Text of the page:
Sharp: Mediocre Tigers embarrassed by Tribe; time to trade off assets?

The math isn’t fuzzy. The equation is pretty straightforward. The results are damning.

You can’t catch something you can’t beat.

Cleveland is pulling away from Detroit, waving good-bye in the rearview mirror as the season approaches the midway point. There are no justifications for an 0-9 season record against an opponent. No excuses. No what-ifs. The Indians simply are a much better team than the Tigers. The aggregate of prior competitive angst and front-office foresight in selling veteran assets at the right time have the Indians confidently pointing toward an American League Central Division title while the Tigers keep spinning in circles, the penance of the mediocre.

“I’m glad it’s still June,” Tigers manager Brad Ausmus said.

But it won’t be June much longer.

This was as embarrassing of a Comerica Park weekend as we’ve seen in quite some time, considering how well the Tigers played coming into the series and the importance of making a statement against the Tribe. The Tigers were outscored, 22-8, in these three games. Entering the series four games out of the division lead, they now trail Cleveland by seven games.

“They own us right now,” Ausmus added, “but it’s still early.”

Keep kidding yourself, Brad. Time’s quickly running out.

The weekend’s frustration tinged the manager’s comments afterward when asked in various ways if he held a brief team meeting following the loss.

“What did I just say?” he snapped at the last question. “It’s between me and the team.”

The Tigers are 38-38 following Sunday’s 9-3 series-ending loss. In 76 games, they’ve been .500 13 times. As a comparison, during the 2012-13 seasons, the Tigers were at .500 only a combined 15 times in those two seasons.

Call it what it is. The Tigers remain average, at best.

The only fireable offense would be if ownership and the front office think adding more to an already obesely bloated payroll is the answer. There are no further farm system-compromising panaceas out there in the trade market.

The Indians went through what the Tigers are desperately attempting to avoid — a stretch of competitive irrelevance that turns the fan base against them, leading to regularly half-empty home games.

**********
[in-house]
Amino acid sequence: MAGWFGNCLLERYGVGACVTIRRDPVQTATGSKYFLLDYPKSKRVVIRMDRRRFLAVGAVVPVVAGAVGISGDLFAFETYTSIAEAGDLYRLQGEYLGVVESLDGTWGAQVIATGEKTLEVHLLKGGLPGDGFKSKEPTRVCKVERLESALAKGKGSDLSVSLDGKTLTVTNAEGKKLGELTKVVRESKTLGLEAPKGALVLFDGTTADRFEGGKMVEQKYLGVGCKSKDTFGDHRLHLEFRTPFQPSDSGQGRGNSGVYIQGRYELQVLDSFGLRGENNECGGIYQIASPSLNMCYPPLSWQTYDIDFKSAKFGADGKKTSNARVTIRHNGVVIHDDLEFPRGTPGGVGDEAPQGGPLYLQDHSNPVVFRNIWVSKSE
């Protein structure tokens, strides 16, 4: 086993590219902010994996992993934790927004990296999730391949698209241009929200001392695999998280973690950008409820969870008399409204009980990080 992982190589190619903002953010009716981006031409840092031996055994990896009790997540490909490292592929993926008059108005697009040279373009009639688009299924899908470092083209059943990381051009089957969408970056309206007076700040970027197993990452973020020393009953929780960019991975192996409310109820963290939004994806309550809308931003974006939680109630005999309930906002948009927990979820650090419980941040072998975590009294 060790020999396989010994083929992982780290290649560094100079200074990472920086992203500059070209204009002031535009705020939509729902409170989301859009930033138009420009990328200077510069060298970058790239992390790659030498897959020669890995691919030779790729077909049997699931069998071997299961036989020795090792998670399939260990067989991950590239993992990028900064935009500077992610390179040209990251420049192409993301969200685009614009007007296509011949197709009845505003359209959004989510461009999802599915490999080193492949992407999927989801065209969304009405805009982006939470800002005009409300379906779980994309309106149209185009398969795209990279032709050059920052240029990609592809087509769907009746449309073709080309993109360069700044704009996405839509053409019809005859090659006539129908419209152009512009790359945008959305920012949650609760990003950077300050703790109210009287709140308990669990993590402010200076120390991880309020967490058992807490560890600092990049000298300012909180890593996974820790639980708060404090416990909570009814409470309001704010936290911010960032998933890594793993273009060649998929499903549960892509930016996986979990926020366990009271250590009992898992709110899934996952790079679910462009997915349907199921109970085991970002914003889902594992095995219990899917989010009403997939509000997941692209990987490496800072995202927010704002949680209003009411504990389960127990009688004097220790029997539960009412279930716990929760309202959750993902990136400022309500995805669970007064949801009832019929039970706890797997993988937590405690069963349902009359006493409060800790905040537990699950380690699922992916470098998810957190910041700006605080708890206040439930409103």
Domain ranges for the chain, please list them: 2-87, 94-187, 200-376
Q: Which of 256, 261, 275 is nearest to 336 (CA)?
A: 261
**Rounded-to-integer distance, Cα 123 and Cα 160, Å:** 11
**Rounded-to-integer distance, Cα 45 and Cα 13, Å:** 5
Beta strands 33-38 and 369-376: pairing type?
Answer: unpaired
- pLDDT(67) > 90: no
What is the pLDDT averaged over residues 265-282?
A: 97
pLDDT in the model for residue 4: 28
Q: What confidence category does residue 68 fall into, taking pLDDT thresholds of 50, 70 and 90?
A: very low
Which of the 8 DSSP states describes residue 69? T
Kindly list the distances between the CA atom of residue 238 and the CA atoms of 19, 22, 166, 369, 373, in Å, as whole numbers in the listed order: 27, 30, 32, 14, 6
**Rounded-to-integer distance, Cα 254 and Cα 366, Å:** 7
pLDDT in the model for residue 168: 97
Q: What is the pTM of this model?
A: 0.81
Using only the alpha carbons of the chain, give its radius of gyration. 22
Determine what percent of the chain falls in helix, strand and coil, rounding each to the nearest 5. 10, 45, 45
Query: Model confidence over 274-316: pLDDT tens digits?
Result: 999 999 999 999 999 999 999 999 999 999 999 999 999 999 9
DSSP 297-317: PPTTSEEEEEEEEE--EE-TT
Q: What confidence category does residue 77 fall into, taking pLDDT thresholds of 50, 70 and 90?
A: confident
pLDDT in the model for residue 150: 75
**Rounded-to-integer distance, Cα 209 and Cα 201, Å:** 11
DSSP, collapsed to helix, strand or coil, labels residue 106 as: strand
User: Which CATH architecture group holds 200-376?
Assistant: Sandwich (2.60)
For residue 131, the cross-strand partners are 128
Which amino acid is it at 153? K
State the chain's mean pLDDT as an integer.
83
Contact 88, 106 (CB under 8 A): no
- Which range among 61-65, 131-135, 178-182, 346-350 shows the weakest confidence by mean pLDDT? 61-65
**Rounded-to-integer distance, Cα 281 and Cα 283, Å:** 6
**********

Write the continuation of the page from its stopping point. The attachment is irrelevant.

But the Indians didn’t blink, and they’re now the best team in the division because they’ve got the best starting pitching. It’s a rotation forged mostly from various trading deadline sell-offs, moving overvalued veterans for young arms that required patience, persistence and a fair amount of good luck.

Sunday’s winning starter, Josh Tomlin, was the only member of the current rotation the Indians drafted. They got Carlos Carrasco in the deal that sent Cliff Lee to the Phillies. They got Trevor Bauer in a deal that cost them Shin-Soo Choo, who was headed to free agency following that season. Pitcher Jake Westbrook was the biggest piece in a 2010 trading deadline deal that landed Cleveland Corey Kluber, who won the AL Cy Young Award in 2014. Danny Salazar was an international free agent when the Indians signed him at 16.

Ausmus set up his rotation appreciating the importance of sending a message to the Indians. But Justin Verlander and Jordan Zimmerman got hammered. Verlander has pitched well this season — except against the Indians. After Sunday’s loss, he’s 0-3 against the Tribe with an ERA far north of nine.

There’s no single flaw to pinpoint with the Tigers. They must pitch better, and the offense too often and too quickly flows hot and cold.

It’s not a lack of effort. There’s no insubordination against the manager. It’s not a lack of urgency. It’s just increasingly apparent that the Tigers have squeezed as much as they could out of a star-driven core. Just admit it. Take a bow for what they’ve accomplished over the past five seasons specifically (and it has been plenty), but understand the reality that if the Tigers do anything at the July 31 nonwaiver trading deadline, they should sell off certain veteran assets.

Find another Michael Fulmer. That should be the objective. And this embarrassing weekend only further validates that fact.

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Posted by Tribune News Services

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